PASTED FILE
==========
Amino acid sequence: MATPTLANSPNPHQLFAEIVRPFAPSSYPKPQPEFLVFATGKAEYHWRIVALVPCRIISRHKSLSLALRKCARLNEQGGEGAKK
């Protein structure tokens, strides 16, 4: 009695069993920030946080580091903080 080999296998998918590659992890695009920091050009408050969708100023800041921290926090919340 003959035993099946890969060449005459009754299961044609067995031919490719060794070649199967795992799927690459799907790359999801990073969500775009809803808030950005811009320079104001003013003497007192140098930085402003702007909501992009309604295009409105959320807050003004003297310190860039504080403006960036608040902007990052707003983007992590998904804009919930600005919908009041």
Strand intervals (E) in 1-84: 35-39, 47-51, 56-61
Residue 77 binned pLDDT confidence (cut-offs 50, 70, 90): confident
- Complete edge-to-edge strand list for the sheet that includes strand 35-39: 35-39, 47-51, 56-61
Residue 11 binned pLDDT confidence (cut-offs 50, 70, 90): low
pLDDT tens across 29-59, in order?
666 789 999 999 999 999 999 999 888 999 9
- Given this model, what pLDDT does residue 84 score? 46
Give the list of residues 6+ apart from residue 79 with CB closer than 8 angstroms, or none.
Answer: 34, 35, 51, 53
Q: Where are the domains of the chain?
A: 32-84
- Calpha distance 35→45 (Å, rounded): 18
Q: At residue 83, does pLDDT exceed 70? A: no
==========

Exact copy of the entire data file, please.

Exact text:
Amino acid sequence: MATPTLANSPNPHQLFAEIVRPFAPSSYPKPQPEFLVFATGKAEYHWRIVALVPCRIISRHKSLSLALRKCARLNEQGGEGAKK
């Protein structure tokens, strides 16, 4: 009695069993920030946080580091903080 080999296998998918590659992890695009920091050009408050969708100023800041921290926090919340 003959035993099946890969060449005459009754299961044609067995031919490719060794070649199967795992799927690459799907790359999801990073969500775009809803808030950005811009320079104001003013003497007192140098930085402003702007909501992009309604295009409105959320807050003004003297310190860039504080403006960036608040902007990052707003983007992590998904804009919930600005919908009041």
Strand intervals (E) in 1-84: 35-39, 47-51, 56-61
Residue 77 binned pLDDT confidence (cut-offs 50, 70, 90): confident
- Complete edge-to-edge strand list for the sheet that includes strand 35-39: 35-39, 47-51, 56-61
Residue 11 binned pLDDT confidence (cut-offs 50, 70, 90): low
pLDDT tens across 29-59, in order?
666 789 999 999 999 999 999 999 888 999 9
- Given this model, what pLDDT does residue 84 score? 46
Give the list of residues 6+ apart from residue 79 with CB closer than 8 angstroms, or none.
Answer: 34, 35, 51, 53
Q: Where are the domains of the chain?
A: 32-84
- Calpha distance 35→45 (Å, rounded): 18
Q: At residue 83, does pLDDT exceed 70? A: no